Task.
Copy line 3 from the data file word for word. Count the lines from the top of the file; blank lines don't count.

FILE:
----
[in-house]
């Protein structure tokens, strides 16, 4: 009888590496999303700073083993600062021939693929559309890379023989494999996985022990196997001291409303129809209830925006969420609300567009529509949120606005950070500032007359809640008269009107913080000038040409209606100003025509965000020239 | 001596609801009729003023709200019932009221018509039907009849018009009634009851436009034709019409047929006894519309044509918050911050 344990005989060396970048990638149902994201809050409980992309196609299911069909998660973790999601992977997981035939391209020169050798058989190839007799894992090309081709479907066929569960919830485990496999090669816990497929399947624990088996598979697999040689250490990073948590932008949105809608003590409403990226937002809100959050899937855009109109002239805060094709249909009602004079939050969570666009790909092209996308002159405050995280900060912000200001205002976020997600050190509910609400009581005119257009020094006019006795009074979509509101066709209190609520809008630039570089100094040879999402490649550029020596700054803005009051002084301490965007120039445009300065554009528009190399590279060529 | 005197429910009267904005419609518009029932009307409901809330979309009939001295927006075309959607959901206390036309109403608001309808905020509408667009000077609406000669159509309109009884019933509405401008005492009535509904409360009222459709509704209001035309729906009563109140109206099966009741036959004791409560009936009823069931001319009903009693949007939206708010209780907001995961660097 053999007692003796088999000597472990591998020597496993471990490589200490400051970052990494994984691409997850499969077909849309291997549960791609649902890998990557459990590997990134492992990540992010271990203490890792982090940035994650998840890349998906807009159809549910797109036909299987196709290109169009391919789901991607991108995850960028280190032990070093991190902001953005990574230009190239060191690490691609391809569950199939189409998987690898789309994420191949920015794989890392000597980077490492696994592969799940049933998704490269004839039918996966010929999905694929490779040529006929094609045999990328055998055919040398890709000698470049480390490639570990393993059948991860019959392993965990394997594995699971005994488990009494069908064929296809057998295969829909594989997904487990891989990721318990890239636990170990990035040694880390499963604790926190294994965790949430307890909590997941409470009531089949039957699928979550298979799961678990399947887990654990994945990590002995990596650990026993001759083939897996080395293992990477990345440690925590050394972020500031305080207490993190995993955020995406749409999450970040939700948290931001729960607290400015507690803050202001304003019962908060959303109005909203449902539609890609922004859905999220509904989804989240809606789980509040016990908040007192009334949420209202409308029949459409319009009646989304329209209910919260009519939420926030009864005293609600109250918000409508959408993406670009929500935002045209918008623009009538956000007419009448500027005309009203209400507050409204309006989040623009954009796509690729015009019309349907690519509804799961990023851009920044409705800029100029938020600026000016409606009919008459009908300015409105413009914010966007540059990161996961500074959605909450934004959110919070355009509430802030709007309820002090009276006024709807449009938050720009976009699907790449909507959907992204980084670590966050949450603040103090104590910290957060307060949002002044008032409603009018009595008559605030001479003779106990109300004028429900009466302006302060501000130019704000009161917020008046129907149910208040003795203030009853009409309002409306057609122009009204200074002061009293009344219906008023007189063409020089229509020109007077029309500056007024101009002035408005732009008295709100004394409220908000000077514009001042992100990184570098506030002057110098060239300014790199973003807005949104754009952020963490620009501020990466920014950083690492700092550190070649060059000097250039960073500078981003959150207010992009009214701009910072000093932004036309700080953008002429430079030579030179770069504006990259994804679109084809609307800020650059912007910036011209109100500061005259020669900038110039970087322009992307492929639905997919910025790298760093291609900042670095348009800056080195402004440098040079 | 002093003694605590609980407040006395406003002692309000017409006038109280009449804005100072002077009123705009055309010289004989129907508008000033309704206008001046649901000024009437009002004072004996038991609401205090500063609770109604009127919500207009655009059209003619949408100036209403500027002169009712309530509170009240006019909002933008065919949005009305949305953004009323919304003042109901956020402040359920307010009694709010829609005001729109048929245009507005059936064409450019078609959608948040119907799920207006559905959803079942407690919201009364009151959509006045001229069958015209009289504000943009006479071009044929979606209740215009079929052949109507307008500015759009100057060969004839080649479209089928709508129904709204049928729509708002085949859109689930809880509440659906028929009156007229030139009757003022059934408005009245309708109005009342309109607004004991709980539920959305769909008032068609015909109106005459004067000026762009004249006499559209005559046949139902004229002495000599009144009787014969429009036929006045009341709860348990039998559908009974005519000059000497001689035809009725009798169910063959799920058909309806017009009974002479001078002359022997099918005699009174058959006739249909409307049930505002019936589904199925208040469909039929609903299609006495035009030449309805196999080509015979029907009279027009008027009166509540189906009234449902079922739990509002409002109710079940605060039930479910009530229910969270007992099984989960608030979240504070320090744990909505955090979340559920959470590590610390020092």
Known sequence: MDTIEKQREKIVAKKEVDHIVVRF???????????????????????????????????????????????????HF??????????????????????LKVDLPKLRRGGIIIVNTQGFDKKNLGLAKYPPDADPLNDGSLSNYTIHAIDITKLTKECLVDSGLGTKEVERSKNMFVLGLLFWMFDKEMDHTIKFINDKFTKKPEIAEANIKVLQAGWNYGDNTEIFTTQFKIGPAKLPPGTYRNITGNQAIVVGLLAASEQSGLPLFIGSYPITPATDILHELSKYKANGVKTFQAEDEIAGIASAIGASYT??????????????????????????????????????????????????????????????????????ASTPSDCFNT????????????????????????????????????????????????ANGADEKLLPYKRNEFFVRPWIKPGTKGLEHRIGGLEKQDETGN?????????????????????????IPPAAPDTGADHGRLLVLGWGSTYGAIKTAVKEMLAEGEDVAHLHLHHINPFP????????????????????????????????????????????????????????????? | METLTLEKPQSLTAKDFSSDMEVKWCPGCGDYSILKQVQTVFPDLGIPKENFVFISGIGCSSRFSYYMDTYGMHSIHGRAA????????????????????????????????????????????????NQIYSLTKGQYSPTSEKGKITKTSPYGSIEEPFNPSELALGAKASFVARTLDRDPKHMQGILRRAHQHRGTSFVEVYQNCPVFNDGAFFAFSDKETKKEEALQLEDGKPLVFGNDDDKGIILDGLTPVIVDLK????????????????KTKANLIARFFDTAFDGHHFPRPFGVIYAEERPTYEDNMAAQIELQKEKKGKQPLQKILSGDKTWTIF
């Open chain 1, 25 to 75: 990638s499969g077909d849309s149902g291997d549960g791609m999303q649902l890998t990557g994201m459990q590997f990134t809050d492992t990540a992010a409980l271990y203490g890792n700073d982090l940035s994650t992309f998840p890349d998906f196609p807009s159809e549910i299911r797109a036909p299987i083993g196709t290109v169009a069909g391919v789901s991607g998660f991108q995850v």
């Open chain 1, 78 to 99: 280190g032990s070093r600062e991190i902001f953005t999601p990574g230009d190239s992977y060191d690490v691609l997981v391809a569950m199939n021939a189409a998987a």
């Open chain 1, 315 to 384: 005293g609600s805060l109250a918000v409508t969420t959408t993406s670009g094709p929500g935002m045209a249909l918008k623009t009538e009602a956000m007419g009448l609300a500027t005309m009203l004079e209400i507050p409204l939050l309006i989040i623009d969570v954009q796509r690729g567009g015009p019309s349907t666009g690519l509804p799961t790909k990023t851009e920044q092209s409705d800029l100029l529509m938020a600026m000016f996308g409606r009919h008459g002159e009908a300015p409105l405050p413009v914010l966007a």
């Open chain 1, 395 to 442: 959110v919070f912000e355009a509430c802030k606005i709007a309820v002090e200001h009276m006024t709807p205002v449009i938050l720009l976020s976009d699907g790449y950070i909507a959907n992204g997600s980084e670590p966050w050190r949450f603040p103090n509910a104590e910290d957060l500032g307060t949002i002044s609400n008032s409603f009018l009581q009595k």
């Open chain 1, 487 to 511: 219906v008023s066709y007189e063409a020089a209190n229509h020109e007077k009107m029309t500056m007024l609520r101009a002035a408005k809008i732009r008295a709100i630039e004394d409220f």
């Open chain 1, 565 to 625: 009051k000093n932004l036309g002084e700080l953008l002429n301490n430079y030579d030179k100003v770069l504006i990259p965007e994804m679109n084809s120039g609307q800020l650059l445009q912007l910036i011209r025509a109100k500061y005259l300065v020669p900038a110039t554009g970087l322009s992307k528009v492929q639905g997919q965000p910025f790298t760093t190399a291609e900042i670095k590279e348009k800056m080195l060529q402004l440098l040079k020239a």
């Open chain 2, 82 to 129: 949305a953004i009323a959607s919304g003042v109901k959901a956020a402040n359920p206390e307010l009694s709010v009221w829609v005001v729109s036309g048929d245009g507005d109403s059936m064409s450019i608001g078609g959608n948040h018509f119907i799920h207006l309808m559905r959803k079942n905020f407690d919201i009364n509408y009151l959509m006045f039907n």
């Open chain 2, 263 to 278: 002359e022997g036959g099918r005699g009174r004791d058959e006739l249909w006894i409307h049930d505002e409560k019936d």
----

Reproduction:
Known sequence: MDTIEKQREKIVAKKEVDHIVVRF???????????????????????????????????????????????????HF??????????????????????LKVDLPKLRRGGIIIVNTQGFDKKNLGLAKYPPDADPLNDGSLSNYTIHAIDITKLTKECLVDSGLGTKEVERSKNMFVLGLLFWMFDKEMDHTIKFINDKFTKKPEIAEANIKVLQAGWNYGDNTEIFTTQFKIGPAKLPPGTYRNITGNQAIVVGLLAASEQSGLPLFIGSYPITPATDILHELSKYKANGVKTFQAEDEIAGIASAIGASYT??????????????????????????????????????????????????????????????????????ASTPSDCFNT????????????????????????????????????????????????ANGADEKLLPYKRNEFFVRPWIKPGTKGLEHRIGGLEKQDETGN?????????????????????????IPPAAPDTGADHGRLLVLGWGSTYGAIKTAVKEMLAEGEDVAHLHLHHINPFP????????????????????????????????????????????????????????????? | METLTLEKPQSLTAKDFSSDMEVKWCPGCGDYSILKQVQTVFPDLGIPKENFVFISGIGCSSRFSYYMDTYGMHSIHGRAA????????????????????????????????????????????????NQIYSLTKGQYSPTSEKGKITKTSPYGSIEEPFNPSELALGAKASFVARTLDRDPKHMQGILRRAHQHRGTSFVEVYQNCPVFNDGAFFAFSDKETKKEEALQLEDGKPLVFGNDDDKGIILDGLTPVIVDLK????????????????KTKANLIARFFDTAFDGHHFPRPFGVIYAEERPTYEDNMAAQIELQKEKKGKQPLQKILSGDKTWTIF